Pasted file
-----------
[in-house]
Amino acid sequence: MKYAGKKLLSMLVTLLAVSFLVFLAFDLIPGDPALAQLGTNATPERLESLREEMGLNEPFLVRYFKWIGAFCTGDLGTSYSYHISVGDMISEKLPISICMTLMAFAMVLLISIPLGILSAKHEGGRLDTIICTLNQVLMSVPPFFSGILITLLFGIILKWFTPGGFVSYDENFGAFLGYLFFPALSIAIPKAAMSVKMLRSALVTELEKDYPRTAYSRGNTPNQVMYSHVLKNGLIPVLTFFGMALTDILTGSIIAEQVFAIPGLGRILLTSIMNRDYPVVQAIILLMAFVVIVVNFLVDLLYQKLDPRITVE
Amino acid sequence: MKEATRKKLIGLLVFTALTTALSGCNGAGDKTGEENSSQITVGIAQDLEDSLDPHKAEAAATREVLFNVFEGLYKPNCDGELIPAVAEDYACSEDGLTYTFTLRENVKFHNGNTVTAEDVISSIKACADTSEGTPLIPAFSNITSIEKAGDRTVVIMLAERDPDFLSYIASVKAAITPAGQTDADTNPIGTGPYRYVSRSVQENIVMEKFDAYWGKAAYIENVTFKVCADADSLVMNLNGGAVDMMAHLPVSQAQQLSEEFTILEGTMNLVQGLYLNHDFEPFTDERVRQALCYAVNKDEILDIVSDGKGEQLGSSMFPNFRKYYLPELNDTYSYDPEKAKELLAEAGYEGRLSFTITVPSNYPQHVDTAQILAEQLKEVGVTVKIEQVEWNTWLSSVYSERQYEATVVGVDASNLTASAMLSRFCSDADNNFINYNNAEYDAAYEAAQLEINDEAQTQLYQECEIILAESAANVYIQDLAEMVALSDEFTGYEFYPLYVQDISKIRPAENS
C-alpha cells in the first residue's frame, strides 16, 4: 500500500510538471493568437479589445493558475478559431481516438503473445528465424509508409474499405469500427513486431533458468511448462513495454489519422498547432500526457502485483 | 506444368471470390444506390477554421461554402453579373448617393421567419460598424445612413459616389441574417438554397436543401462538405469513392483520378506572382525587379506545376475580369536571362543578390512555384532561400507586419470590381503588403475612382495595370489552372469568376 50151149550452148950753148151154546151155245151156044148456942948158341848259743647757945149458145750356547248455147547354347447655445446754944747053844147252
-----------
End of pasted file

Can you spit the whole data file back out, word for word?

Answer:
[in-house]
Amino acid sequence: MKYAGKKLLSMLVTLLAVSFLVFLAFDLIPGDPALAQLGTNATPERLESLREEMGLNEPFLVRYFKWIGAFCTGDLGTSYSYHISVGDMISEKLPISICMTLMAFAMVLLISIPLGILSAKHEGGRLDTIICTLNQVLMSVPPFFSGILITLLFGIILKWFTPGGFVSYDENFGAFLGYLFFPALSIAIPKAAMSVKMLRSALVTELEKDYPRTAYSRGNTPNQVMYSHVLKNGLIPVLTFFGMALTDILTGSIIAEQVFAIPGLGRILLTSIMNRDYPVVQAIILLMAFVVIVVNFLVDLLYQKLDPRITVE
Amino acid sequence: MKEATRKKLIGLLVFTALTTALSGCNGAGDKTGEENSSQITVGIAQDLEDSLDPHKAEAAATREVLFNVFEGLYKPNCDGELIPAVAEDYACSEDGLTYTFTLRENVKFHNGNTVTAEDVISSIKACADTSEGTPLIPAFSNITSIEKAGDRTVVIMLAERDPDFLSYIASVKAAITPAGQTDADTNPIGTGPYRYVSRSVQENIVMEKFDAYWGKAAYIENVTFKVCADADSLVMNLNGGAVDMMAHLPVSQAQQLSEEFTILEGTMNLVQGLYLNHDFEPFTDERVRQALCYAVNKDEILDIVSDGKGEQLGSSMFPNFRKYYLPELNDTYSYDPEKAKELLAEAGYEGRLSFTITVPSNYPQHVDTAQILAEQLKEVGVTVKIEQVEWNTWLSSVYSERQYEATVVGVDASNLTASAMLSRFCSDADNNFINYNNAEYDAAYEAAQLEINDEAQTQLYQECEIILAESAANVYIQDLAEMVALSDEFTGYEFYPLYVQDISKIRPAENS
C-alpha cells in the first residue's frame, strides 16, 4: 500500500510538471493568437479589445493558475478559431481516438503473445528465424509508409474499405469500427513486431533458468511448462513495454489519422498547432500526457502485483 | 506444368471470390444506390477554421461554402453579373448617393421567419460598424445612413459616389441574417438554397436543401462538405469513392483520378506572382525587379506545376475580369536571362543578390512555384532561400507586419470590381503588403475612382495595370489552372469568376 50151149550452148950753148151154546151155245151156044148456942948158341848259743647757945149458145750356547248455147547354347447655445446754944747053844147252